Saturday, March 18, 2006

A Golden Year

From: Los Angeles Daily News

Jim Altmann fell asleep on a recent night thinking about his mother's victorious claim that she - not the Austrian government - was the rightful owner of five Gustav Klimt paintings worth about $300 million.

He dreamed his family was sitting in the living room of his mother's Los Angeles home when the doorbell rang. It was UPS. They had the paintings.

"I called my mom and told her about the dream," said Altmann, 50, of Agoura Hills. "And she said, 'You're not too far off. They're going to ship them to the L.A. County Museum of Art."'

The Klimt paintings that Maria Altmann knew as an Austrian girl left Vienna this week for Los Angeles, where her family found refuge after escaping the Nazis almost 70 years ago.

But the paintings are not the kind to be hung above the mantle. On April 4, they will be exhibited at the Los Angeles County Museum of Art, where they will remain through June.

"Eventually, they will be sold to museums or the appropriate people so they can be seen," said Altmann, the 90-year-old "Klimt Warrior," as her sons call her, who sued Austria on behalf of herself and four other heirs.

The paintings are believed to be the largest restitution ever ordered in a Nazi-looting case. They include the 1907 gold portrait of Altmann's aunt known as "Adele Bloch-Bauer I," which is valued at $120 million and is considered one of Klimt's two best pieces.

LACMA, which asked to hold the exhibition, is working with Altmann and the other four heirs to keep the paintings on "permanent display," said Stephanie Barron, the museum's senior curator of modern art.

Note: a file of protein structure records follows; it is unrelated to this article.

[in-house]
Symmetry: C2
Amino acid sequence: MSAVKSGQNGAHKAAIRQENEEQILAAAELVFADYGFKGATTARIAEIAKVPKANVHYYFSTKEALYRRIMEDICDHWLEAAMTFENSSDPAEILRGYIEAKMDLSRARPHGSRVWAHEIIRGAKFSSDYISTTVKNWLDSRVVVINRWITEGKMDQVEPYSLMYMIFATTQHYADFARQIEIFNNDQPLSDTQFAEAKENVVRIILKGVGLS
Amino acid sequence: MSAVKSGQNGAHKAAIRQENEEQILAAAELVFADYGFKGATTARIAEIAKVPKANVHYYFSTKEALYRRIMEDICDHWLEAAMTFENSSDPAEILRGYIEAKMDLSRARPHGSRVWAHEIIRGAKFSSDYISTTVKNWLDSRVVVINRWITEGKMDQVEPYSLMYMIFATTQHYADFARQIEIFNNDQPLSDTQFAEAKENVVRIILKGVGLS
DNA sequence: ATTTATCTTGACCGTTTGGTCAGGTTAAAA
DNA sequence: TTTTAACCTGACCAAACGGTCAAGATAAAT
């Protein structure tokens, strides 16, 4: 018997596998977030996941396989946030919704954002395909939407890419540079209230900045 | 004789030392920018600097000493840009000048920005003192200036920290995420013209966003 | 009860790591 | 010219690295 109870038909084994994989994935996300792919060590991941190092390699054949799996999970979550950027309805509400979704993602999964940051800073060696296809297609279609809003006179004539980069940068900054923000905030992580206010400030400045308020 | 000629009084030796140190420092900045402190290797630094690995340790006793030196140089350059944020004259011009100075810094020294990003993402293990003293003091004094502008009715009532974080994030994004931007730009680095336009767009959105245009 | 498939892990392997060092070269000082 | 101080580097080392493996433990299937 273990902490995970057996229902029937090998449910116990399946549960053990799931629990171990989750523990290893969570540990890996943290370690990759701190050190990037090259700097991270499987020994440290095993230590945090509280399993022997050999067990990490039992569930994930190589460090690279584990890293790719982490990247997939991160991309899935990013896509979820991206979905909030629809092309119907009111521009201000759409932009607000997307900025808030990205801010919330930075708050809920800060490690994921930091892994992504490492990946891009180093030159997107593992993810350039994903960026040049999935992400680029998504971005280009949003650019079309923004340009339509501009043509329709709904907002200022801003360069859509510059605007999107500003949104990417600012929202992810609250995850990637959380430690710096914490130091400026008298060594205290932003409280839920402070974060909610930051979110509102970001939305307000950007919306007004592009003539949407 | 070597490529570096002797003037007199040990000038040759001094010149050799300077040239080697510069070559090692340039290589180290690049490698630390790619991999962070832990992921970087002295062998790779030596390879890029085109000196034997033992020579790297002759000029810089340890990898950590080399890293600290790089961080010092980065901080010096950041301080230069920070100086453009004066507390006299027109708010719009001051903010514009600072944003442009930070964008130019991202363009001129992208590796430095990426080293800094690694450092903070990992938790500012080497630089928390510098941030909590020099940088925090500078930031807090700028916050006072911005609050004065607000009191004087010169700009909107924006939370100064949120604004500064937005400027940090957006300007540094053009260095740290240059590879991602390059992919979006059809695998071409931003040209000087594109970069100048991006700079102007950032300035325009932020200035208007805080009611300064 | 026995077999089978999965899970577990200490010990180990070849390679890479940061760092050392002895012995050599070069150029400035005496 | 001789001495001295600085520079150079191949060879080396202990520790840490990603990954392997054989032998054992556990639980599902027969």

"We can hope," Barron said. "There are a lot of very wealthy people in Los Angeles."

Klimt, who was born in Vienna in 1862 and died in 1918, was a personal friend of Altmann's aunt and uncle, the Bloch-Bauers. They were one of three families who owned most of his paintings.

Ferdinand and Adele Bloch-Bauer were part of Austria's wealthy Jewish community during the early 20th century. He was a sugar magnate, she a Social Democrat who mingled with leftist politicians, artists and intellectuals.

They couldn't have children. Their wealth was willed to two nieces and a nephew. Altmann is the only one still living.

When Adele Bloch-Bauer died in 1924, she left all her property to her husband but asked him to bequeath their art collection to the Austrian National Gallery at the Belvedere Palace.

Before he died, though, Nazis seized the Bloch-Bauer possessions and property, including the Klimt paintings, which had hung in Adele's bedroom as a memorial.

The paintings became a source of pride for Austria. One of the country's most important artists, Klimt's work is erotic and suggestive, distinguished by gold backgrounds and mosaic patterns. He was known to spend a year or more on some pieces.

"The paintings give us a sense of the power of art at the turn of the century in Vienna," Barron said. "They are glorious, intimate, psychological and astonishingly beautiful paintings that transport us to another time and place."

Altmann, the daughter of a lawyer, had grown up with maids, cooks and a butler. But she was largely unaware of their wealth.